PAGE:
Ketamine For Depression – What to Know

Clayton is among the many people struggling with treatment-resistant depression (TRD). Long-term antidepressants and psychotherapy have failed to help her find relief from TRD. Steps to buy ketamine online.

Studies conducted under medical supervision have demonstrated Ketamine’s ability to improve depression symptoms quickly. Studies also indicate its ability to reactivate and create new neural pathways – possibly explaining why other therapies don’t.

What is Ketamine?

Ketamine is an anesthetic drug developed initially for surgical procedures in the 1960s; later, it gained popularity for recreational use under its moniker of Special K or as “psychedelics.” Although often associated with psychotic experiences, clinical trials have demonstrated promising results of the antidepressant effects of Ketamine. The drug works by rapidly reconnecting brain cells so that they communicate more efficiently. Ketamine was later shown to show positive results against depression.

Casual users of Ketamine may experience feelings of dissociation from their bodies; medically supervised treatments typically include injection or nasal spray esketamine (Spravato). Esketamine can also be administered through IV in medical clinics and used with other antidepressant medicines to treat depression; six to eight infusions have provided people lasting relief from depression symptoms over weeks, months, or even years.

How Does Ketamine Work?

Ketamine differs from antidepressants by targeting the glutamate system instead. Glutamate is a chemical messenger in your brain to transmit signals between neurons. Furthermore, glutamate also plays an integral part in changes between synaptic interactions within neurons – which may explain why Ketamine may help depression sufferers.

Researchers believe ketamine works by blocking the action of NMDA receptors in the brain, which are associated with depression. This allows other molecules, such as BDNF and growth factors, into the system – ultimately changing how neurons communicate with each other to improve mood and cognition.

The FDA recently approved Esketamine (Spravato), a nasal spray version of Ketamine. This medication can be used for treatment-resistant depression and administered in clinics or doctors’ offices. Patients typically continue taking antidepressant medication while receiving two weekly infusions of Esketamine twice weekly for three weeks before getting booster infusions every two weeks for additional months.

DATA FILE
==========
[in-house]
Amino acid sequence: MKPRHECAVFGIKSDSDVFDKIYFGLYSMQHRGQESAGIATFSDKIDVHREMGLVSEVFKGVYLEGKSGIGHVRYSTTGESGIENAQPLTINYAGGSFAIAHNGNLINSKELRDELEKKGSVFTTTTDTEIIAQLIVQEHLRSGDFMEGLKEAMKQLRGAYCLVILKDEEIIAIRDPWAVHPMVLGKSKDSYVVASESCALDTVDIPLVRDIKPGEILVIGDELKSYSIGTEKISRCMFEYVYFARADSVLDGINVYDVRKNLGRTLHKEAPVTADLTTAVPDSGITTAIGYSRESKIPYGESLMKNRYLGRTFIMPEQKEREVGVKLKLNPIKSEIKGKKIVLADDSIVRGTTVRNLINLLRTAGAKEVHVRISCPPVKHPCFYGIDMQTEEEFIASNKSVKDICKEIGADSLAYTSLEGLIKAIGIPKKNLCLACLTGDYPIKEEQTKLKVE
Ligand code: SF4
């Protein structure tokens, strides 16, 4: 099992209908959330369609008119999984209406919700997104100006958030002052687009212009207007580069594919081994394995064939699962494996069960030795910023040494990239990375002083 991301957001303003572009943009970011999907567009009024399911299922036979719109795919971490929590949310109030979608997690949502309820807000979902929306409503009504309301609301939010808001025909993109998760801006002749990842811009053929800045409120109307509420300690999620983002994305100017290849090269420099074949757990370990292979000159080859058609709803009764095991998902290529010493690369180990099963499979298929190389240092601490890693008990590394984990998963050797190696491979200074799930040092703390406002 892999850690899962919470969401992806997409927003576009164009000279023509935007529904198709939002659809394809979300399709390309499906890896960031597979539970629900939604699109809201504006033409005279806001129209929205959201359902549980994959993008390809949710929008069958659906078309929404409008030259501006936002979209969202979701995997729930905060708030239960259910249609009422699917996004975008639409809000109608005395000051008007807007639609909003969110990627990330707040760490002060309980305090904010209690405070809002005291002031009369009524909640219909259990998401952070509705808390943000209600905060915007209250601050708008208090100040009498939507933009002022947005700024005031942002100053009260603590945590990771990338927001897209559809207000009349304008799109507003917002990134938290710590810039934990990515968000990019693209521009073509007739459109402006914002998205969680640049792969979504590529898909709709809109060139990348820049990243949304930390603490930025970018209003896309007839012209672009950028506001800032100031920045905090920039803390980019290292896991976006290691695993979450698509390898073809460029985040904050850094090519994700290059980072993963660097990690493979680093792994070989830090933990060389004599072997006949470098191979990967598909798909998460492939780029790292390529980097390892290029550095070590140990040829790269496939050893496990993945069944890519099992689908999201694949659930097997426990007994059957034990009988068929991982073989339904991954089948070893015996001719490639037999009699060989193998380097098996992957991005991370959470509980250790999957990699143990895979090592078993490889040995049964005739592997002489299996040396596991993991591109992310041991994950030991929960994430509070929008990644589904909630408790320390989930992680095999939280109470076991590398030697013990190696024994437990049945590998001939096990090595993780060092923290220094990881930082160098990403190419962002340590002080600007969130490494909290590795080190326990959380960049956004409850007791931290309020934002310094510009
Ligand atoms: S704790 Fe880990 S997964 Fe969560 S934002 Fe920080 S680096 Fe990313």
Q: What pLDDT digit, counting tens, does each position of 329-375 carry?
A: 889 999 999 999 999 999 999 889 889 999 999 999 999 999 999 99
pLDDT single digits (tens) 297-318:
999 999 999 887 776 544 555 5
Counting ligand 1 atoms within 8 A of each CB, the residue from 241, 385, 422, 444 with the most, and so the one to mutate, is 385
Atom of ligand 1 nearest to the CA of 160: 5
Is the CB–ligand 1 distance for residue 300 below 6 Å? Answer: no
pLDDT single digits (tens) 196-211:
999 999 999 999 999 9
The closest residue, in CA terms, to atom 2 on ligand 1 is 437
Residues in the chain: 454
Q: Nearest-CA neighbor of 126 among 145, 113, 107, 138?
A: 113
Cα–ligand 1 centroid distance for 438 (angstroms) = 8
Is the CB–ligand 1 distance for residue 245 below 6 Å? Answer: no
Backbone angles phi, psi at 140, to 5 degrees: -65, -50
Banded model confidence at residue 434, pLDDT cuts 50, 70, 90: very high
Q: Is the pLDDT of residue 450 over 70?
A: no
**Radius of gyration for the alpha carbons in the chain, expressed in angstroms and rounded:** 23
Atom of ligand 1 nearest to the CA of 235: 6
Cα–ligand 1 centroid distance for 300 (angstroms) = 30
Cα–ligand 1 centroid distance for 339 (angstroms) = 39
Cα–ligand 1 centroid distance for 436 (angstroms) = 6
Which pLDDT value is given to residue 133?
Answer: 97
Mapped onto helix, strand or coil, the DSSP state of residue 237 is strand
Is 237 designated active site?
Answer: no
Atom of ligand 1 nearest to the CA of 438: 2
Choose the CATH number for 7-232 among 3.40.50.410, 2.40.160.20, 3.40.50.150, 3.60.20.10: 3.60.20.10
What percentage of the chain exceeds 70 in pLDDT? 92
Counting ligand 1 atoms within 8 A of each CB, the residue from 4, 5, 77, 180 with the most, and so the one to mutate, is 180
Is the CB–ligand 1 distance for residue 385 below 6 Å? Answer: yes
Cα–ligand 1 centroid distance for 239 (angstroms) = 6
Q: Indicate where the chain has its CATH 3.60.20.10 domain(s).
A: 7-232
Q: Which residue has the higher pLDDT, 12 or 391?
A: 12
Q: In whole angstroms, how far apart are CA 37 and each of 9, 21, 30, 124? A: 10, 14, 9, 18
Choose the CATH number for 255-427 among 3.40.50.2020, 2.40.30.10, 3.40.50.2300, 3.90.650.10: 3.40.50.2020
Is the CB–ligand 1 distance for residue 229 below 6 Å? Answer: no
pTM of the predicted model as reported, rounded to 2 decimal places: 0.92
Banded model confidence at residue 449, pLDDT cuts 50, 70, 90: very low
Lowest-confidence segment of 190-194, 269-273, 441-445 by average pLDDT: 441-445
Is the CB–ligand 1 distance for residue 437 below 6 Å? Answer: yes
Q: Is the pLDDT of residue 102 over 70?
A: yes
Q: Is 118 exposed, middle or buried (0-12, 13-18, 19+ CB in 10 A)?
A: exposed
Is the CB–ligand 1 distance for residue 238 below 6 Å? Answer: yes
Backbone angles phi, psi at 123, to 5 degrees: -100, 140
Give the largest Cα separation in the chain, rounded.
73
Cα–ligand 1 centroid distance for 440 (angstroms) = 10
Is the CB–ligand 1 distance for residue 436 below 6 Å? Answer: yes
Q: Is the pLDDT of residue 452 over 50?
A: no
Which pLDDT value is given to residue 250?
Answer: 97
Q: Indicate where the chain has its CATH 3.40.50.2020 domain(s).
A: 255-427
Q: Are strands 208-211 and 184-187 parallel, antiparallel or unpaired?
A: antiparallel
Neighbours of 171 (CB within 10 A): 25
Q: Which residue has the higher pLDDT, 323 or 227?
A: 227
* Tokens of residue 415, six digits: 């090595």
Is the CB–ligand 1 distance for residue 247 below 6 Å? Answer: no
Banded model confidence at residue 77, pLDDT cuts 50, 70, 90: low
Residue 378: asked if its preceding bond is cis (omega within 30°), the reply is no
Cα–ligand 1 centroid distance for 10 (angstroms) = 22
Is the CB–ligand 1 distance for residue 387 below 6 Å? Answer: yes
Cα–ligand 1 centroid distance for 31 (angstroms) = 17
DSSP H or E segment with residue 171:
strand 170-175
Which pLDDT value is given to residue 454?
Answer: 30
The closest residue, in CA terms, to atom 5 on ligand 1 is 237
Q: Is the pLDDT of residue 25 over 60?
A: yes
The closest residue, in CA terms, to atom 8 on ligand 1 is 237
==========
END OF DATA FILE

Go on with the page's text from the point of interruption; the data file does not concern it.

What Are the Side Effects of Ketamine?

Ketamine offers relief within an hour, unlike traditional antidepressants that may take several weeks to kick in; however, its side effects vary by individual and may not always be well understood.

Dissociation, where people feel separated from their bodies, can be one of the main side effects of ketamine use. Dissociation may also lead to feelings of intoxication or euphoria, confusion, memory loss, and hallucinations.

Ketamine has long been used in medicine as an anesthetic; more recently, it’s also become popular as an effective depression treatment. Ketamine appears to work differently from traditional antidepressant medications, and some studies even found it more successful than ECT in treating depression.

Although the study results were promising, experts warn against treating Ketamine as a cure; instead, it should only be used when other therapies (SSRIs or talk therapy) have failed. It’s also essential to discuss its potential long-term sedation and cognitive decline with your physician before prescribing ketamine treatment.

How Can I Get Ketamine?

Traditional antidepressant drugs often take weeks to work, whereas, with medically supervised ketamine infusion treatment, patients often find relief within hours of an infusion session. A single session has been shown to reactivate existing brain connections while creating new ones allowing individuals to release negative thoughts more readily.

Though Ketamine may produce dissociative effects such as out-of-body experiences and visual and auditory hallucinations, it remains safe for most who qualify for its use in clinical settings without double-blinding it – making it easy to assess whether the drug works.

Doctors can administer an infusion of Ketamine via IV, shot, or nasal spray to treat mental health conditions like depression. While the FDA has only approved one formulation (esketamine Spravato) as a nasal spray treatment option for depression, most research involves IV treatments.

Independent ketamine clinics are becoming more prevalent nationwide, and some may provide one-shot infusions at a fixed fee. If considering this route of infusion therapy, experts advise first speaking to your primary care doctor or mental health provider, who may refer you to someone specialized in administering ketamine injections.

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